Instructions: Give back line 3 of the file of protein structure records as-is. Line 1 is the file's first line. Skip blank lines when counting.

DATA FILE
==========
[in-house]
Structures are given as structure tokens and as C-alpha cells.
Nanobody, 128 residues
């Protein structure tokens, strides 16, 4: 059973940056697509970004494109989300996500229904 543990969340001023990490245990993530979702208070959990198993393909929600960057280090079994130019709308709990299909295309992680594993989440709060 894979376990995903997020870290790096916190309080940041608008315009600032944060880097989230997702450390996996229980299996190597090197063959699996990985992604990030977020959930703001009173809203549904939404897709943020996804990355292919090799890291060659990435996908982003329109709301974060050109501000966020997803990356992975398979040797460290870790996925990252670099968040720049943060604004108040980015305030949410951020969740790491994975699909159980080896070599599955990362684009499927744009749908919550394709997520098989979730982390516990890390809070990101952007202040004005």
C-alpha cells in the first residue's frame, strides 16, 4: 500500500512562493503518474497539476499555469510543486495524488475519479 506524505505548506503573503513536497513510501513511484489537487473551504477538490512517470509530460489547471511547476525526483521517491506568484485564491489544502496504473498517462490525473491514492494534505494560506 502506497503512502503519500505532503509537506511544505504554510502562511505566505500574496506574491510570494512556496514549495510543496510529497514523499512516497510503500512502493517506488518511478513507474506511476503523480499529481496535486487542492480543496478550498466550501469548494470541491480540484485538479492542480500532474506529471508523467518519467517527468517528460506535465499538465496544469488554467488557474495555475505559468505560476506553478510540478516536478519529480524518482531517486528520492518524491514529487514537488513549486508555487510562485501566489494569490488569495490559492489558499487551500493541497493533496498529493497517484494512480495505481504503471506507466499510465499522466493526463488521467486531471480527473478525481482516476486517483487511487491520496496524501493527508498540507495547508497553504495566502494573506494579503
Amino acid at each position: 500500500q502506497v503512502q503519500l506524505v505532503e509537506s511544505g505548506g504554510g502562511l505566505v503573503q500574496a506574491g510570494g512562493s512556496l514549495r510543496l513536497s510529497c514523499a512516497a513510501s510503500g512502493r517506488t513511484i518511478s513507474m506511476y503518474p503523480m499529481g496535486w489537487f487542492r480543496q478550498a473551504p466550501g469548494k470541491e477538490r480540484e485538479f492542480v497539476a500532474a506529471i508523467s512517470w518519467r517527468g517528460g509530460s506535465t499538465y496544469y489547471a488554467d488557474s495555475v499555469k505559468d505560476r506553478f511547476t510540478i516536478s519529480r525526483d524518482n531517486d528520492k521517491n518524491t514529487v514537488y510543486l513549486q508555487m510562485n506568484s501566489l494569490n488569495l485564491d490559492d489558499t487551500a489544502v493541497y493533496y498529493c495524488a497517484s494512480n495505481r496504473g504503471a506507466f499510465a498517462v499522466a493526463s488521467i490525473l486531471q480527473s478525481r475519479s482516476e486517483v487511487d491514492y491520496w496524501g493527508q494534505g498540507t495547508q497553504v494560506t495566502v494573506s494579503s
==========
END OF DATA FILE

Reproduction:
Nanobody, 128 residues